The deal creates a lot of instant value for shareholders in Vanguard Health given the sizable premium, but could create even more value for shareholders in Tenet Healthcare in the long run. The company is well positioned to benefit from the Affordable Care Act going forward.
Vanguard Health Systems announced that it has signed a definitive agreement under which the company has agreed to sell itself to Tenet in a $4.3 billion deal.
Tenet will pay $21 per share in cash for Vanguard's shares and assume another $2.5 billion in debt in an attempt to further boost the company's footprint. The offer is quite generous, as it represents an almost 70% premium compared to Friday's closing price.
Still the offer for Vanguard at $21 per share, only represents a $3 premium compared to the company's public offering which took place as recent as 2011.
Tenet is hoping to ride the benefits from the Affordable Care Act, by boosting its ownership to 79 hospitals and 157 outpatient facilities across the United Sates.
Tenet's CEO Trever Fetter commented on the rationale behind the deal, "This unique strategic transaction will bring together organizations that share a common commitment to providing high quality care and create significant new growth prospects for Tenet. This acquisition will take Tenet into new geographic markets, expand the breadth of our service offerings, diversify our earnings sources and increase the benefits we expect to realize under healthcare reform."
For the year ending on June 2012, Vanguard generated annual revenues of $5.95 billion on which the company reported a $57.3 million profit. The equity portion of the deal values Vanguard at 0.3 times annual revenues and 31-32 times annual earnings.
Tenet is hopeful that it can create a lot of value on the back of expected synergies of $100-$200 million per annum. Tenet expects to achieve notable labor and supply chain efficiencies. The deal has already been unanimously approved by the board of directors of both companies and will lead to an expected accretion in the first year after closing. Tenet expects to close the deal before the end of this calendar year.
Tenet ended its first quarter with $95 million in cash and equivalents. The company operates with $5.4 billion in total debt, for a heavy $5.3 billion net debt load. Financing does not appear to be an issue, Tenet has committed financing from Bank of America/Merrill Lynch (NYSE:BAC) in place.
Over the past year, Tenet has generated annual revenues of $9.12 billion, up 5.4% on the year before. Net income almost doubled to $152 million.
Trading around $44 per share, the market values Tenet at $4.4 billion. This values Tenet's operation at 0.5 times annual revenues and 28-29 times annual earnings.
Currently the company does not pay a dividend.
Some Historical Perspective
Shareholders in Tenet have seen very poor returns over the past decade. Shares slumped from levels in the $60s back in 2003 to lows of $5 during the crisis of 2009. Shares have recovered and stabilized around the $20 mark in the year's following, and have doubled since the autumn of last year to levels in their low forties.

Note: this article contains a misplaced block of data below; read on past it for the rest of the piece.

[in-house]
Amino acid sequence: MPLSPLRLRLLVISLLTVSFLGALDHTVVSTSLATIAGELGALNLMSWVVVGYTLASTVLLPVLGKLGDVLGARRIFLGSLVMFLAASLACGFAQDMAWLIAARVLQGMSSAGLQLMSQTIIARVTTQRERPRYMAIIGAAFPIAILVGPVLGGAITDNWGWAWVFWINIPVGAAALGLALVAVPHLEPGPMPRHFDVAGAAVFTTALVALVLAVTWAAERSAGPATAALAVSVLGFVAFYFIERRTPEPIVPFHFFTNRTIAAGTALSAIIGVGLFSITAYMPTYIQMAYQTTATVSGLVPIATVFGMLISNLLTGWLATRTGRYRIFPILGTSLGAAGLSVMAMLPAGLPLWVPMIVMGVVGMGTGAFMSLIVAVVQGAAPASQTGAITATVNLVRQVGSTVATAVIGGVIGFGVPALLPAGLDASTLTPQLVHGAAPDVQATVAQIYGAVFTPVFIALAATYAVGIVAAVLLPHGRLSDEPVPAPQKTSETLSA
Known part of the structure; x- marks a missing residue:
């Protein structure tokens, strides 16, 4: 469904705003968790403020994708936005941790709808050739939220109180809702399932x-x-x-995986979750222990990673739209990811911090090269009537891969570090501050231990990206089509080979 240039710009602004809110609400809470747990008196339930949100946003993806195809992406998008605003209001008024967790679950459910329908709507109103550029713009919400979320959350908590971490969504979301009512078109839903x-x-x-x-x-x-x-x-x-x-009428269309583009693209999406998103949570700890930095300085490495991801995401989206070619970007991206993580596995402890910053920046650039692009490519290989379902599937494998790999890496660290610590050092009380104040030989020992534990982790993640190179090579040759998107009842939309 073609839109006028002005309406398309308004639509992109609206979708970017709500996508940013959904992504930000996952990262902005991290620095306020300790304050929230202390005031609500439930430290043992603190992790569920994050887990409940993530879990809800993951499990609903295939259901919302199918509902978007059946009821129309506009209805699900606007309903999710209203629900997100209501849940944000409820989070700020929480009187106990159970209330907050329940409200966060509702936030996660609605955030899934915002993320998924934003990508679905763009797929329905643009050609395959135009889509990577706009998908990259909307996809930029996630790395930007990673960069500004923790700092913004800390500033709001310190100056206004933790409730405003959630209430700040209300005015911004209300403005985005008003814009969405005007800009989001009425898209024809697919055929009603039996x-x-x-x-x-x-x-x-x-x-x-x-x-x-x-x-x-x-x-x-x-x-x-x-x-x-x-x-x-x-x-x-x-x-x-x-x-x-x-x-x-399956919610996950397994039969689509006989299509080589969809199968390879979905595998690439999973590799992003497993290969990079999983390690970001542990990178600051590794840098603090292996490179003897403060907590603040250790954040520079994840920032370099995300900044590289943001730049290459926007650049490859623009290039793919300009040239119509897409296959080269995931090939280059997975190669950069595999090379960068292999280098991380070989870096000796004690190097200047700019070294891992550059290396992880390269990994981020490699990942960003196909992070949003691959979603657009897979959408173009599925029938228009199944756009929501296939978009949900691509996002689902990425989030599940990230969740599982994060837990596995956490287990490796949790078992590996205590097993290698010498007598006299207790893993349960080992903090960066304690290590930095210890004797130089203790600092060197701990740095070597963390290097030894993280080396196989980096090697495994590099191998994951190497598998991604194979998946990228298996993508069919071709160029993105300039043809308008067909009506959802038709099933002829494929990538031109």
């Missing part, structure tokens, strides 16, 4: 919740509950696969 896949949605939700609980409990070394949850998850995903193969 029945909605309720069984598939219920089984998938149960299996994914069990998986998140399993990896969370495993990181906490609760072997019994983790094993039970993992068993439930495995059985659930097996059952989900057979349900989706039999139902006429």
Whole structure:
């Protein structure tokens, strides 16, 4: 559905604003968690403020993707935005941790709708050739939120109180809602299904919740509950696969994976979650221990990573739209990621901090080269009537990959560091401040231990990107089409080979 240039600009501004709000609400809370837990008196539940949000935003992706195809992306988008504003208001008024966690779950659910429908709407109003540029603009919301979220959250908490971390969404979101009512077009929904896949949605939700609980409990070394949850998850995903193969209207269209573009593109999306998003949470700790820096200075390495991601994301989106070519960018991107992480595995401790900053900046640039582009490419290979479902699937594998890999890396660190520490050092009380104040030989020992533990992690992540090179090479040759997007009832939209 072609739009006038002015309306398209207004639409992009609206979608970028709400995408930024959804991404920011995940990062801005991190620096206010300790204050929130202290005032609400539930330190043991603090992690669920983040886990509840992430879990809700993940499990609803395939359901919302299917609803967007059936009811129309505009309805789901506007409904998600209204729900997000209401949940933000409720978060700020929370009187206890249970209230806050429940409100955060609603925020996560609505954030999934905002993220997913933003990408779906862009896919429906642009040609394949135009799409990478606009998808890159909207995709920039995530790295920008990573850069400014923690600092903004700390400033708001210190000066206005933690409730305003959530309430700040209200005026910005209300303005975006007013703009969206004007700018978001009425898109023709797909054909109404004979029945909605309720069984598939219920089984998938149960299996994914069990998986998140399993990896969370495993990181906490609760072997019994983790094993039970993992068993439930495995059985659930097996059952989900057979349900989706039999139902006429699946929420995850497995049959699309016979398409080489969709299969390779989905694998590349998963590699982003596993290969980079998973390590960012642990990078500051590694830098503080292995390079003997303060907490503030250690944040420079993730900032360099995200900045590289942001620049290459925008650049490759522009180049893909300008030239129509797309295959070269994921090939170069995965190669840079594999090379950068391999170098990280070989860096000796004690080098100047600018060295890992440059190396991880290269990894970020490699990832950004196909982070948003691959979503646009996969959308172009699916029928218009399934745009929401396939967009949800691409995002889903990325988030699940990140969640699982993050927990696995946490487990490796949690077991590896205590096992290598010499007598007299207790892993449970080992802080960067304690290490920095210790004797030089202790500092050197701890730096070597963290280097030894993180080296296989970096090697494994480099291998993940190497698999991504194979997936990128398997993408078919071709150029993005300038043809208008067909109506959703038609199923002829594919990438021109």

Between 2009 and 2012, Tenet has increased its cumulative revenues by 10% to $9.1 billion. Net income fell from $187 million to $152 million in the meantime.
Investors are pleased with the deal which Tenet has made, and it increases its annual revenues by two-thirds. The $1.8 billion equity portion of the deal, values Vanguard Health at 0.3 times annual revenues and 31-32 times annual earnings. This is after paying a 70% premium for the shares.
Tenet itself trades at roughly 0.5 times revenues, but is slightly more profitable, trading at 28-29 times annual earnings. Assuming the midpoint of the synergy estimates of $100-$200 million, and statutory tax rates, annual earnings could increase by $100 million as a result of the deal. This values Vanguard Health at pro-forma 12 times annual earnings. Based on these metrics, the deal seems really favorable, although the net debt position will increase towards $10 billion, which is a bit steep.
Combined, both firms will generate annual revenues of $15 billion, report earnings of $200 million, and could see earnings increase toward $300 million factoring in the synergy estimates. All this values Tenet at $4.5 billion, or at 0.3 times annual revenues and 15 times earnings. Earnings could increase going forward as a result of the Affordable Care Act, while the debt position is a concern.
Under the Act more Americans will be covered under medical insurance, which is great news for Tenet. Not only will this result in a greater potential market, it will eliminate the bad new publicity of charity care. More importantly, it will eliminate or drastically reduce uncompensated care and unpaid bills, all of which has a positive impact on earnings.
All in all, it is easy to see why investors in Tenet applaud the deal despite the steep premium. Shares traded with gains of 5% halfway during the trading session, after peaking at $46 per share. The valuation remains appealing, with the Affordable Care Act approaching, although the debt position is a slight worry.
Disclosure: I have no positions in any stocks mentioned, and no plans to initiate any positions within the next 72 hours. I wrote this article myself, and it expresses my own opinions. I am not receiving compensation for it (other than from Seeking Alpha). I have no business relationship with any company whose stock is mentioned in this article.